Adeola Johnson

Martin Luther King

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Fifty years ago on 4 April 1968, Atlanta-born King was murdered. To commemorate this massive loss to anti-racists and revolutionaries Yuri Prasad correctly argues that it is essential to rescue King from the hagiographers.

Even Donald Trump cites King as an inspiration, but the new generation of activists who stand on King’s shoulders in the many fights for justice and equality today, including Black Lives Matter, face the same brutal police violence that protestors did in the 1960s.

Bulletins from a War Zone

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A revival in politically conscious reggae is finding a global audience, says Adeola Johnson.

Musical mythology has it that there has been no conscious Jamaican reggae since the early 1980s. Radical prime minister Norman Manley's economic reform programme had been brought to a halt by the International Monetary Fund and the CIA. Bob Marley intervened in the 1980 election to quell the violent gang rivalries of Manley and his opposition challenger Edward Seaga, and for a moment it seemed that reggae could succeed where politicians failed.

Mali: The Farmer with the Guitar has Retired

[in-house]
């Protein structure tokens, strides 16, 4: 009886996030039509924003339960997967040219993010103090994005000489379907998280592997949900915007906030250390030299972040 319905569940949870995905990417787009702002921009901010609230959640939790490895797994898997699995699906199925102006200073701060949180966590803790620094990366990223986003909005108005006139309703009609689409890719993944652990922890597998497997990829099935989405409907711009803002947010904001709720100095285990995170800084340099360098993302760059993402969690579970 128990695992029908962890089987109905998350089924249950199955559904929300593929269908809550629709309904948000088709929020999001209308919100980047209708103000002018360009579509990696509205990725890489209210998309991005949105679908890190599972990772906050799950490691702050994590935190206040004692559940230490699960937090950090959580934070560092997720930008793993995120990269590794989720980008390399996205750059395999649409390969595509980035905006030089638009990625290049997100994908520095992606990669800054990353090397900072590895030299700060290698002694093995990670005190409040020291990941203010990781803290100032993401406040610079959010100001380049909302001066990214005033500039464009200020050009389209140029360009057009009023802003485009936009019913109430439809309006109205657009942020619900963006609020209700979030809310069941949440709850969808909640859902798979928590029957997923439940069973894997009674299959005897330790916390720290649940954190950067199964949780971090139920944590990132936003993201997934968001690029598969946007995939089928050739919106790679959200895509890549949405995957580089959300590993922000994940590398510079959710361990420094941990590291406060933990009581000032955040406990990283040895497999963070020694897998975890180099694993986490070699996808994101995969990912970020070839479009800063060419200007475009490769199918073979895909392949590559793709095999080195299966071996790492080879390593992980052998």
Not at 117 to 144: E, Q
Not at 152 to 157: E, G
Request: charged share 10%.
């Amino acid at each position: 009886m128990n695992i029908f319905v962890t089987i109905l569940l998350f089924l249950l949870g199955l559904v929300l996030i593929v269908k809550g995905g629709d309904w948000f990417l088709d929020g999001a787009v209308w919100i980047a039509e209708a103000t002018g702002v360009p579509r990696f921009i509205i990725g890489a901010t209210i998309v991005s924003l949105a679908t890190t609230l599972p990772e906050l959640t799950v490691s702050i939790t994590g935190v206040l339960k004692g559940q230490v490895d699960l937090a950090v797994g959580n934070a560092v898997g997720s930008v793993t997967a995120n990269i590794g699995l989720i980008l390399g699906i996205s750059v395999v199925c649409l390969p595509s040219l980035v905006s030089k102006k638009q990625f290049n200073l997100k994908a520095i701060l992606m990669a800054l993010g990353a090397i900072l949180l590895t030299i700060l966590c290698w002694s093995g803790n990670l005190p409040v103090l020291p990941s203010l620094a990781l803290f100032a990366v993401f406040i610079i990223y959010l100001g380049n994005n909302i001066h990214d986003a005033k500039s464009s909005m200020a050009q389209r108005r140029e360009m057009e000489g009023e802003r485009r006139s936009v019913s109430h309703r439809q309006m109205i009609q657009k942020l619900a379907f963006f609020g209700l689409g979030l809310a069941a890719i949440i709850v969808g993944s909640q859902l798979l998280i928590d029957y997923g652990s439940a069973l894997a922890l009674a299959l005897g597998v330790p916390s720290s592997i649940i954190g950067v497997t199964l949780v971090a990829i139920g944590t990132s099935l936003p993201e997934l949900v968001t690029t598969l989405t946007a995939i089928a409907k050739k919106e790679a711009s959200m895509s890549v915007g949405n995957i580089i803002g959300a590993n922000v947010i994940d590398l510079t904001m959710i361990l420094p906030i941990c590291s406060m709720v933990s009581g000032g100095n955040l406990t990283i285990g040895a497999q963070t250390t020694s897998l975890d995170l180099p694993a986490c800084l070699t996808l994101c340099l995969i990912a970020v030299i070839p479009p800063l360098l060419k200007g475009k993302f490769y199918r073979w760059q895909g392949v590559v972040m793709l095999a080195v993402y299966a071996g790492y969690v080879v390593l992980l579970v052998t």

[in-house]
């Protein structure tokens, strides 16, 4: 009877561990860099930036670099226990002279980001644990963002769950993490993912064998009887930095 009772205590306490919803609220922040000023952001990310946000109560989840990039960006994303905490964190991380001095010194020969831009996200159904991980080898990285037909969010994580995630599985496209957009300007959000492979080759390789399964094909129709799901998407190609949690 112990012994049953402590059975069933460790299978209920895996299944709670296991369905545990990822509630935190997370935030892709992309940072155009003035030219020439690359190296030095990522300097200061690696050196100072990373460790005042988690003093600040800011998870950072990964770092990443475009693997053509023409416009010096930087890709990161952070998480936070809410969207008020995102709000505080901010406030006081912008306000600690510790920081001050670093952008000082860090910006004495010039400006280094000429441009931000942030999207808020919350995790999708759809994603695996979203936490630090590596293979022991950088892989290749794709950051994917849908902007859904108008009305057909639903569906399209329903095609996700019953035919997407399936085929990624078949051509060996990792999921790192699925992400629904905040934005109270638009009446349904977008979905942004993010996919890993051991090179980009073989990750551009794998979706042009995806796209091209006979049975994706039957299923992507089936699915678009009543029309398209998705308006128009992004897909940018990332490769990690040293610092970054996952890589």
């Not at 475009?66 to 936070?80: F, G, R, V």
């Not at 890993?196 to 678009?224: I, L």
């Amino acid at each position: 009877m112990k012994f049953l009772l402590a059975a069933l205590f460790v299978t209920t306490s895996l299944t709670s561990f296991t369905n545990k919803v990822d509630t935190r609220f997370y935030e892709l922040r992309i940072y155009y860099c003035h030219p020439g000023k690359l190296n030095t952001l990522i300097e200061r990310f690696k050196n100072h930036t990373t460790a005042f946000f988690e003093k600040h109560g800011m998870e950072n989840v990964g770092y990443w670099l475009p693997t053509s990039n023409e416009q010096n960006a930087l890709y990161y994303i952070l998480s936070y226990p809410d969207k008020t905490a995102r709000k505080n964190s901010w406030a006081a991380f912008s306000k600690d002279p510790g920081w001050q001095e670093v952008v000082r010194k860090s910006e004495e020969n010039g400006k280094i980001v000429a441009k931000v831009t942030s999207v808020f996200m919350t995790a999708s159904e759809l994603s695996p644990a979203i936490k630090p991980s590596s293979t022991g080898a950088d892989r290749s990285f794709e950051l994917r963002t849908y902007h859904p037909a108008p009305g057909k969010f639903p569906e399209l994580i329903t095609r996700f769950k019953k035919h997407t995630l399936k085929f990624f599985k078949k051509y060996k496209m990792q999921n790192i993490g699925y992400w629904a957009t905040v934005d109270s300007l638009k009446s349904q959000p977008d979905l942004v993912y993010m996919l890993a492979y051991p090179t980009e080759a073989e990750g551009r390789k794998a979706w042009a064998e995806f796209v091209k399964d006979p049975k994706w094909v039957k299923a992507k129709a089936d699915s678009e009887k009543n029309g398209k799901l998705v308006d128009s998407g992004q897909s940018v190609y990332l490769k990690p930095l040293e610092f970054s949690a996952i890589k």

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"Mali is first and foremost a library of the history of African music," said Ali Farka Toure.

On 6 March Ali Farka Toure, Mali's most well-known musician, died in his sleep at his home in Niafunke. After the Malian minister of culture made the announcement the country's radio stations suspended normal programming to play Toure's music.

Music For The Masses

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Review of 'Black President: The Art and Legacy of Fela Anikulapo-Kuti', Barbican Centre, London

'I oppose the (Nigerian) government passionately because it is evil, man, full of corruption. It stops me living my life.' The above words are taken from an interview I conducted with Fela Kuti backstage at Brixton Academy in 1988.

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